Bug Out Bags for Kids

Bug Out Bags for Children

Do you have a Separate Bug Out Bag for your kids?During a crisis or disaster situation, one of your most important jobs you will have is to help your child feel as safe and secure as possible. Most people greatly underestimate the physical and emotional toll disasters can have on people, especially on young children.

But there are some things you can do to safeguard their mental health.

Something that I’m a big proponent of, and something that I think helps give children a sense of security, is involving them in your preparedness planning as much as possible. That means talking to them in an age appropriate way about what you expect of them, what they should expect during a disaster, and also involving them in preparedness drills and training.

Preparing a dedicated survival bug out bag for your child.

One great way to make them feel like they have a voice, and a sense of power during times of crisis, is to give them their own dedicated bug out bag.

Having their own child-sized Bug Out Bag, filled with familiar items and comfort foods, can be a real, life saver during an emergency. Just remember that a child’s survival bag is going to be much different than the bags that you have prepared for yourself and your family.

With children, you’re going to forgo most of the traditional survival gear you would think about when preparing an adult bag, and instead, comfort items will become a top priority in selecting items to fill the bag with. Having a backpack filled with comforting and familiar things can help ensure their overall mental health during a crisis or disaster.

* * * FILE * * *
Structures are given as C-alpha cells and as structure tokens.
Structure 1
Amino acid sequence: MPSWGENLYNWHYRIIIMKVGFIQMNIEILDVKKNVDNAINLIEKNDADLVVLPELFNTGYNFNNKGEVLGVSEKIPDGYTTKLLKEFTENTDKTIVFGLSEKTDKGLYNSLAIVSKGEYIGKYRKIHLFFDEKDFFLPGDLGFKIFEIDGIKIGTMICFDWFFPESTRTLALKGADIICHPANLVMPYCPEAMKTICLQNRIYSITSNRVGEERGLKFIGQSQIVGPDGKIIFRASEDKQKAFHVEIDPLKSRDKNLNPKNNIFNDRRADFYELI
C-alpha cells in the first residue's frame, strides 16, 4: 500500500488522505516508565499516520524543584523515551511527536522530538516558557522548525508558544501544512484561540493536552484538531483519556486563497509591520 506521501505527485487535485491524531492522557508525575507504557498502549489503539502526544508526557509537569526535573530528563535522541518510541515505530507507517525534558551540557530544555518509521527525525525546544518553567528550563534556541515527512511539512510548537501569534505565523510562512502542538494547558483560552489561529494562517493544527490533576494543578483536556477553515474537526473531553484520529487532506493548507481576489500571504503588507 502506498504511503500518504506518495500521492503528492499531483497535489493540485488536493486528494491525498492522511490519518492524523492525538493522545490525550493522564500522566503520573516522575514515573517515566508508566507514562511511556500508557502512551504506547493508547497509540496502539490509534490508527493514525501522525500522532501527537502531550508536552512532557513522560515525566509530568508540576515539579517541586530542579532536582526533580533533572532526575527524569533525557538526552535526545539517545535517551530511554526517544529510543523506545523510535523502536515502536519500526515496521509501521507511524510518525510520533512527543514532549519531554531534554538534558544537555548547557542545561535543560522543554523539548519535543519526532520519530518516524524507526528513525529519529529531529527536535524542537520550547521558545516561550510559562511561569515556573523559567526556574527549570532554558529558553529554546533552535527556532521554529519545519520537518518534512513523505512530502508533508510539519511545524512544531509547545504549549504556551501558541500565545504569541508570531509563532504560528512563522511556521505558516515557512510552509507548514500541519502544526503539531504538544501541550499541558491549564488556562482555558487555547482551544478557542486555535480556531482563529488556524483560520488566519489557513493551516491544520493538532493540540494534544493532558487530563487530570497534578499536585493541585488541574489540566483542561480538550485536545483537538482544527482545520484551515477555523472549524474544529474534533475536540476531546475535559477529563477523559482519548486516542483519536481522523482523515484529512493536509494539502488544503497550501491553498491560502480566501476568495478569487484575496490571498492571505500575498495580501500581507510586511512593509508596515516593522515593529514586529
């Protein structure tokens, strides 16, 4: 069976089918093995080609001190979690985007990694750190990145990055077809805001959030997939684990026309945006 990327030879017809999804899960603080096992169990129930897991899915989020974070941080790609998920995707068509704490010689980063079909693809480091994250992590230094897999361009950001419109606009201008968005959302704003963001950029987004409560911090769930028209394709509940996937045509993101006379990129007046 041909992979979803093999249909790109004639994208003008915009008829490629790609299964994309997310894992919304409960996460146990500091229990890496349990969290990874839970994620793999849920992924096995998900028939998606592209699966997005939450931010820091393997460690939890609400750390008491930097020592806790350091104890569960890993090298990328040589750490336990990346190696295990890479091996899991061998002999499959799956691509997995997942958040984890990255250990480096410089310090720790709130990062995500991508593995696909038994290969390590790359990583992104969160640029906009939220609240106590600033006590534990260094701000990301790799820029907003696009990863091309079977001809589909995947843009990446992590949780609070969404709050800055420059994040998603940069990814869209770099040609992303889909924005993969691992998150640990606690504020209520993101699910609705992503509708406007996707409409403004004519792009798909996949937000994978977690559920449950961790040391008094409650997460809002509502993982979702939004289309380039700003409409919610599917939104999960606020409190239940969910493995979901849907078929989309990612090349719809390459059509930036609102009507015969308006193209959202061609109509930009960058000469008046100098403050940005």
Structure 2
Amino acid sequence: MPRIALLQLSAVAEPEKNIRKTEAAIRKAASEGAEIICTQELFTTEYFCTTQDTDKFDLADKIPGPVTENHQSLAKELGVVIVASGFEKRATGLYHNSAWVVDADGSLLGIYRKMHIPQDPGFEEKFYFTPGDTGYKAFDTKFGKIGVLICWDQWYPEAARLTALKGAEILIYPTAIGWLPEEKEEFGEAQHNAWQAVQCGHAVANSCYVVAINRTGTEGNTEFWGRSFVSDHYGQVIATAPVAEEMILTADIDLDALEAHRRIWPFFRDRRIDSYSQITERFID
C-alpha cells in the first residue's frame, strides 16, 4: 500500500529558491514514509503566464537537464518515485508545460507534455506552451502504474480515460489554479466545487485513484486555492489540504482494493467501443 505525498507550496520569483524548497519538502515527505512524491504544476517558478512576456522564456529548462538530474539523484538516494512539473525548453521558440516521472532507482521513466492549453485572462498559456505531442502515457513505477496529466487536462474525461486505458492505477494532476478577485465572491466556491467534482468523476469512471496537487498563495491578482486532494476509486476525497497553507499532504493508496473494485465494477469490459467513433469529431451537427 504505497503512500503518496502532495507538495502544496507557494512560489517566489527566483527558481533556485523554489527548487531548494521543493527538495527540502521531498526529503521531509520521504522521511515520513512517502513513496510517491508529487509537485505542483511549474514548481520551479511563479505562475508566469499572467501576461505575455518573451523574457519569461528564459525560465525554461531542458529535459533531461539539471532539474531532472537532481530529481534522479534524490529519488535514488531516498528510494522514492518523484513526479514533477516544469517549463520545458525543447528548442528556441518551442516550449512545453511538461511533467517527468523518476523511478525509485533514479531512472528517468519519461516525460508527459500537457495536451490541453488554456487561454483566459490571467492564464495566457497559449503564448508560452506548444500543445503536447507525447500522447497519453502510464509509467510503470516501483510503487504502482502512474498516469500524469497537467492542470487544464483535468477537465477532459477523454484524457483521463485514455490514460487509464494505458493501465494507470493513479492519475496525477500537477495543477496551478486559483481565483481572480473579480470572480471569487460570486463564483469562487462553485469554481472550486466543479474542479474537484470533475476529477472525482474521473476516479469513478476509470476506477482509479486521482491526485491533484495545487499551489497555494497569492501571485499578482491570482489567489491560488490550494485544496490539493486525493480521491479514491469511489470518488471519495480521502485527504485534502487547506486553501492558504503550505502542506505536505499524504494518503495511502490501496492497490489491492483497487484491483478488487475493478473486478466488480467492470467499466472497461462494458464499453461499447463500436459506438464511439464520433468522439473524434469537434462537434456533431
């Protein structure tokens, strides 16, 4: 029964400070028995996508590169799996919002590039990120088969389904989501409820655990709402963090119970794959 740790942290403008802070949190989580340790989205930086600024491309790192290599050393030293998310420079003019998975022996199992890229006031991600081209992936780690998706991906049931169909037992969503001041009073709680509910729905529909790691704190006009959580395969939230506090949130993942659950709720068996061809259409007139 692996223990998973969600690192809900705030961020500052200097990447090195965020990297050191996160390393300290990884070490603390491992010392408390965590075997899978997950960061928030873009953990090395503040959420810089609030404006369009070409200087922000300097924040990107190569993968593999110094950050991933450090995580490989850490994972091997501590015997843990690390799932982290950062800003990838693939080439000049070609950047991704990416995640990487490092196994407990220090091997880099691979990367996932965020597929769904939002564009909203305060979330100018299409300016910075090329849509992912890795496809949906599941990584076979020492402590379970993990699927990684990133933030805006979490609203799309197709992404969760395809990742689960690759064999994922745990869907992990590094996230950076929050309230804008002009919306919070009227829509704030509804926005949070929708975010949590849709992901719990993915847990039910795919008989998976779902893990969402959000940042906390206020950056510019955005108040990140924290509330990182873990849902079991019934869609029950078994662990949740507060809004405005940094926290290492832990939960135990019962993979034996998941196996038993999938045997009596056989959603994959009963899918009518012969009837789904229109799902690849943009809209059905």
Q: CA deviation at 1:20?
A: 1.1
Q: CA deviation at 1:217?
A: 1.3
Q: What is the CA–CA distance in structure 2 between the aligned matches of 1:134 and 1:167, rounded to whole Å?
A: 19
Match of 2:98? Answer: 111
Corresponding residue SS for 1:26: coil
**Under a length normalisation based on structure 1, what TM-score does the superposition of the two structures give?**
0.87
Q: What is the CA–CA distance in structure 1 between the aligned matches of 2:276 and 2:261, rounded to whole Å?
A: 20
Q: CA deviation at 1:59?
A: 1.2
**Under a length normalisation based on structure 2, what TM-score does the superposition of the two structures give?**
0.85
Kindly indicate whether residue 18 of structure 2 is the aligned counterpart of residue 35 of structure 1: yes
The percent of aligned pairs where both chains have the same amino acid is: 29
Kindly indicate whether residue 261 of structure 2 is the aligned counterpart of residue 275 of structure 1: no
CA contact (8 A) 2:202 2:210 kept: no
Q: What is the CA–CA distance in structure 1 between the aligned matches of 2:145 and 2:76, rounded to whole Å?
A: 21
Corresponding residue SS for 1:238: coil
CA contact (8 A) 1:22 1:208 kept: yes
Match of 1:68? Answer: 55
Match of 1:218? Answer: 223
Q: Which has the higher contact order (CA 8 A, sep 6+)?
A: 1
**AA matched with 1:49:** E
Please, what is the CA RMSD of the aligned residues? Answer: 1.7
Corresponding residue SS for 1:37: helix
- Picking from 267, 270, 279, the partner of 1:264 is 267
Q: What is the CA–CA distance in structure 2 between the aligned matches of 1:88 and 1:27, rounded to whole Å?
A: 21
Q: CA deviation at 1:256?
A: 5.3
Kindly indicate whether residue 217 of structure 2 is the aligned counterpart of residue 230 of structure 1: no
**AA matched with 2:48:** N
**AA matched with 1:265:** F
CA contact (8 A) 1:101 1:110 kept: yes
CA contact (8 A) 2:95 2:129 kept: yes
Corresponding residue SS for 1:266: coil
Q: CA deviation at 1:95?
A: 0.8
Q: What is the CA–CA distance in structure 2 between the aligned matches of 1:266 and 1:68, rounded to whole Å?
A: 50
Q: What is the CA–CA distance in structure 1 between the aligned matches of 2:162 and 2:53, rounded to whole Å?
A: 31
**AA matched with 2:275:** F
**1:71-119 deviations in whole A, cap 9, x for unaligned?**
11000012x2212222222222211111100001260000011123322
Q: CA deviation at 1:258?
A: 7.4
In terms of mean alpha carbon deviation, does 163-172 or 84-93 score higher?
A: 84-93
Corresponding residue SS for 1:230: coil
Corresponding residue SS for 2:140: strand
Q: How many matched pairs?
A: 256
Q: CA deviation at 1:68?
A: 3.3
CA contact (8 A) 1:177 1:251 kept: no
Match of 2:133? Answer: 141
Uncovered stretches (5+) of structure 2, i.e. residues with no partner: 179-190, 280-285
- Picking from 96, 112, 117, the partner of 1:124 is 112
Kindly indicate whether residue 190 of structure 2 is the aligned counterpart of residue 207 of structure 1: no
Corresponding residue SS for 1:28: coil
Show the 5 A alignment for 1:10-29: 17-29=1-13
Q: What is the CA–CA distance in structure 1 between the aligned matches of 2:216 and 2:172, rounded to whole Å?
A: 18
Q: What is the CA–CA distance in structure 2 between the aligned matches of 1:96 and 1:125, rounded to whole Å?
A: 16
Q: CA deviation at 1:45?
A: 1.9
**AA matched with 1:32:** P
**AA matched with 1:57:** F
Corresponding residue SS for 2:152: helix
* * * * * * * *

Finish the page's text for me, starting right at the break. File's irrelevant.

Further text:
Let’s start with the bag itself.

Don’t go crazy here; remember this bag is a supplemental bag for your kids so don’t do crazy buying fancy military bags or hiking backpacks.

For Younger Kids:

We really like Deuter backpacks for kids. They are a solid company that makes adult hiking packs, so you will find that hiking quality construction in their child’s line. Plus, they look like something a younger kid would like to carry.

For Pre-Teens and Teenagers

For pre-teens and teenagers I recommend going with the classic JanSport Student Pack. They are solid bags that will hold up,  plus I don’t like kids walking around looking like they are carrying gear. These discrete bags are awesome; in fact, we even recommended them in our article for people looking for Discreet Bug Out Bags.

What Items should go into a kid’s bug out bag:

Kid carrying a bug out backpack

What goes into the bag really depends on your child’s age and their maturity. While the needs of each child are going to be a little different, there are some things you should consider when building an emergency bag for your kid.

Basic Survival Gear to Pack

While comfort items are the top priority, it is a good idea to give them a couple of survival items. It will not only help them feel important like mom and Dad, but it also introduces them to skills that will keep them safe throughout their lifetime.

A child’s survival gear be lightweight, age-appropriate, and if you can make it fun then that’s always a plus. Heavier items and gear should always be in the adult’s bags. Here are some items that we recommend adding to your kids disaster backpack.

All Ages: